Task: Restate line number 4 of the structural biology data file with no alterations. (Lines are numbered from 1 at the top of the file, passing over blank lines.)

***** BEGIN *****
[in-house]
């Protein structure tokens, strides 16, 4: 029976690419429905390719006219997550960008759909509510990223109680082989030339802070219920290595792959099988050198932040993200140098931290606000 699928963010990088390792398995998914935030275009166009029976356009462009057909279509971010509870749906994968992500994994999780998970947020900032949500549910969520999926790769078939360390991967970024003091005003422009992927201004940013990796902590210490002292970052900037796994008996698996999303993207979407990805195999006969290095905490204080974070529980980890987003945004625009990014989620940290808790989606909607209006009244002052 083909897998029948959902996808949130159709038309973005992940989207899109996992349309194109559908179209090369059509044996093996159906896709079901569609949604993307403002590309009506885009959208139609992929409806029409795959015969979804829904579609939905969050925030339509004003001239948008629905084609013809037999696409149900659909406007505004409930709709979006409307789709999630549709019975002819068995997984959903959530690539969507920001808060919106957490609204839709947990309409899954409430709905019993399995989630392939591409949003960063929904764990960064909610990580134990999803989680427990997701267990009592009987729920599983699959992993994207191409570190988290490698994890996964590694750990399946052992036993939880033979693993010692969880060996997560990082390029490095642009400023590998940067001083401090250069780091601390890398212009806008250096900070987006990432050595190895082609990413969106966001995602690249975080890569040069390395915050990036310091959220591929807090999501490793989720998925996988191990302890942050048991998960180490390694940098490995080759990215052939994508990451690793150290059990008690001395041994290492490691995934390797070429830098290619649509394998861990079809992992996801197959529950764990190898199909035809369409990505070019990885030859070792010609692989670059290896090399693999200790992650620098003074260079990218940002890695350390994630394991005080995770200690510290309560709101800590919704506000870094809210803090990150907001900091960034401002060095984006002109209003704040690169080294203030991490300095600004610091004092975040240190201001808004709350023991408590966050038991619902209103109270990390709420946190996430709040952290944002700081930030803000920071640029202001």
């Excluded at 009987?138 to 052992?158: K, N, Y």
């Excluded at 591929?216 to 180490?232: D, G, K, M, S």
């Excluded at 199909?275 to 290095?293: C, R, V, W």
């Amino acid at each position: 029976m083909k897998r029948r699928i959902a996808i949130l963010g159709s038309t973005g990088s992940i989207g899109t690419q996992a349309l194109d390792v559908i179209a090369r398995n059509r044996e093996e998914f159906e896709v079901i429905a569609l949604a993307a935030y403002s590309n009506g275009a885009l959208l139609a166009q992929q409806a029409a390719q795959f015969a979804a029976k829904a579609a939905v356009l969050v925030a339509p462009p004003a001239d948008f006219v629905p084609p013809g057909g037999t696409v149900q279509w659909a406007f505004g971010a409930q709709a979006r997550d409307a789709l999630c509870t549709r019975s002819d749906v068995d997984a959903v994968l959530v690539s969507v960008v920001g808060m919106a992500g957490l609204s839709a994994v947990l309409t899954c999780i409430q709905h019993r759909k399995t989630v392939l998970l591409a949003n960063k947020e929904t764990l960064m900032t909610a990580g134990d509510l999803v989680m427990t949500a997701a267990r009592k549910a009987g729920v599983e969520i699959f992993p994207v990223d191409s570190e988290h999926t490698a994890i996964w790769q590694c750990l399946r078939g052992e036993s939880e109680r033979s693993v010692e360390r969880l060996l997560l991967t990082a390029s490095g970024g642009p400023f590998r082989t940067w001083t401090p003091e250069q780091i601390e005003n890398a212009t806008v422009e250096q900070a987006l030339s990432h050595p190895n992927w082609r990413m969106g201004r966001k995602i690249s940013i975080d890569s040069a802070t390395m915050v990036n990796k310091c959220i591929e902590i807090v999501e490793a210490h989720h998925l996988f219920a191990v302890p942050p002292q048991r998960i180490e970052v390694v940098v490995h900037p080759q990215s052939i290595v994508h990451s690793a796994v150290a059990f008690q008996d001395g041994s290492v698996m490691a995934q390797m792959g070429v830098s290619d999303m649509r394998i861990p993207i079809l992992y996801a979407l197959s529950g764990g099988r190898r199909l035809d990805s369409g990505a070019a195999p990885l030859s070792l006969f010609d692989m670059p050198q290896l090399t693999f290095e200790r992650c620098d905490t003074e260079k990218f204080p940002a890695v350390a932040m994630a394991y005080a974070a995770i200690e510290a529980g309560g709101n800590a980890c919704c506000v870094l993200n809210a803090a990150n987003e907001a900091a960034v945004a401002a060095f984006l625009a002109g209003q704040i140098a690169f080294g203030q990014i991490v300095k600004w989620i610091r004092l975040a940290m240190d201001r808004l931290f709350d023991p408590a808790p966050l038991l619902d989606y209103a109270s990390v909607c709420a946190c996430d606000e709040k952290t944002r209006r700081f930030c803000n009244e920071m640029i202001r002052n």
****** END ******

């Excluded at 591929?216 to 180490?232: D, G, K, M, S």